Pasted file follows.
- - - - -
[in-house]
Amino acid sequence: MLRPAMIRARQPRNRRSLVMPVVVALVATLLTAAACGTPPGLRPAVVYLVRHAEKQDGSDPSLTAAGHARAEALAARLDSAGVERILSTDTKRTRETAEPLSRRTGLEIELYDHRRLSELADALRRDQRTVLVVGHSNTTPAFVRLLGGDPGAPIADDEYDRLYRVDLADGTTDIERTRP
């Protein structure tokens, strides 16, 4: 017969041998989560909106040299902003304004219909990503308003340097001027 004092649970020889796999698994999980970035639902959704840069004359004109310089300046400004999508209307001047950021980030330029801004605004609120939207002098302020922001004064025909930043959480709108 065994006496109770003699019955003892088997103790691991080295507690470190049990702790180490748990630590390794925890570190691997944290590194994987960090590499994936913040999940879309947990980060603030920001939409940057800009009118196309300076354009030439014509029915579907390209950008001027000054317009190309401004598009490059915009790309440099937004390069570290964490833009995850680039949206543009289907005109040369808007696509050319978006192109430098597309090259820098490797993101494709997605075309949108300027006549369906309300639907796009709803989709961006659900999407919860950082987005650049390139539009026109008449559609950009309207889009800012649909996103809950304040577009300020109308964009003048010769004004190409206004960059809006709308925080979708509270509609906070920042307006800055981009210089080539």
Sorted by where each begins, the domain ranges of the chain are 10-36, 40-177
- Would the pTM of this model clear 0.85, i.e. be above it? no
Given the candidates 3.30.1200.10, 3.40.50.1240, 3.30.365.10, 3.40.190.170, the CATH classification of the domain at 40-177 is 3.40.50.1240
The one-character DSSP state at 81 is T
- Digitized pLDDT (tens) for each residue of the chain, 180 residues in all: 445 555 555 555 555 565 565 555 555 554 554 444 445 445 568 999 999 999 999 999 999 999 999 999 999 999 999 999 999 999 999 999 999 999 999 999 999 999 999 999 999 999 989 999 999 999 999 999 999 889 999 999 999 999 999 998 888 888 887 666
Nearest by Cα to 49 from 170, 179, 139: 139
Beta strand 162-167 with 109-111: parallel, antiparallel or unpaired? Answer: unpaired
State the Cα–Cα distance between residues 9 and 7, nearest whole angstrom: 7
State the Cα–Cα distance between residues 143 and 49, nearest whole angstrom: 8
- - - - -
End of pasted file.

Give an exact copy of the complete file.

[in-house]
Amino acid sequence: MLRPAMIRARQPRNRRSLVMPVVVALVATLLTAAACGTPPGLRPAVVYLVRHAEKQDGSDPSLTAAGHARAEALAARLDSAGVERILSTDTKRTRETAEPLSRRTGLEIELYDHRRLSELADALRRDQRTVLVVGHSNTTPAFVRLLGGDPGAPIADDEYDRLYRVDLADGTTDIERTRP
């Protein structure tokens, strides 16, 4: 017969041998989560909106040299902003304004219909990503308003340097001027 004092649970020889796999698994999980970035639902959704840069004359004109310089300046400004999508209307001047950021980030330029801004605004609120939207002098302020922001004064025909930043959480709108 065994006496109770003699019955003892088997103790691991080295507690470190049990702790180490748990630590390794925890570190691997944290590194994987960090590499994936913040999940879309947990980060603030920001939409940057800009009118196309300076354009030439014509029915579907390209950008001027000054317009190309401004598009490059915009790309440099937004390069570290964490833009995850680039949206543009289907005109040369808007696509050319978006192109430098597309090259820098490797993101494709997605075309949108300027006549369906309300639907796009709803989709961006659900999407919860950082987005650049390139539009026109008449559609950009309207889009800012649909996103809950304040577009300020109308964009003048010769004004190409206004960059809006709308925080979708509270509609906070920042307006800055981009210089080539």
Sorted by where each begins, the domain ranges of the chain are 10-36, 40-177
- Would the pTM of this model clear 0.85, i.e. be above it? no
Given the candidates 3.30.1200.10, 3.40.50.1240, 3.30.365.10, 3.40.190.170, the CATH classification of the domain at 40-177 is 3.40.50.1240
The one-character DSSP state at 81 is T
- Digitized pLDDT (tens) for each residue of the chain, 180 residues in all: 445 555 555 555 555 565 565 555 555 554 554 444 445 445 568 999 999 999 999 999 999 999 999 999 999 999 999 999 999 999 999 999 999 999 999 999 999 999 999 999 999 999 989 999 999 999 999 999 999 889 999 999 999 999 999 998 888 888 887 666
Nearest by Cα to 49 from 170, 179, 139: 139
Beta strand 162-167 with 109-111: parallel, antiparallel or unpaired? Answer: unpaired
State the Cα–Cα distance between residues 9 and 7, nearest whole angstrom: 7
State the Cα–Cα distance between residues 143 and 49, nearest whole angstrom: 8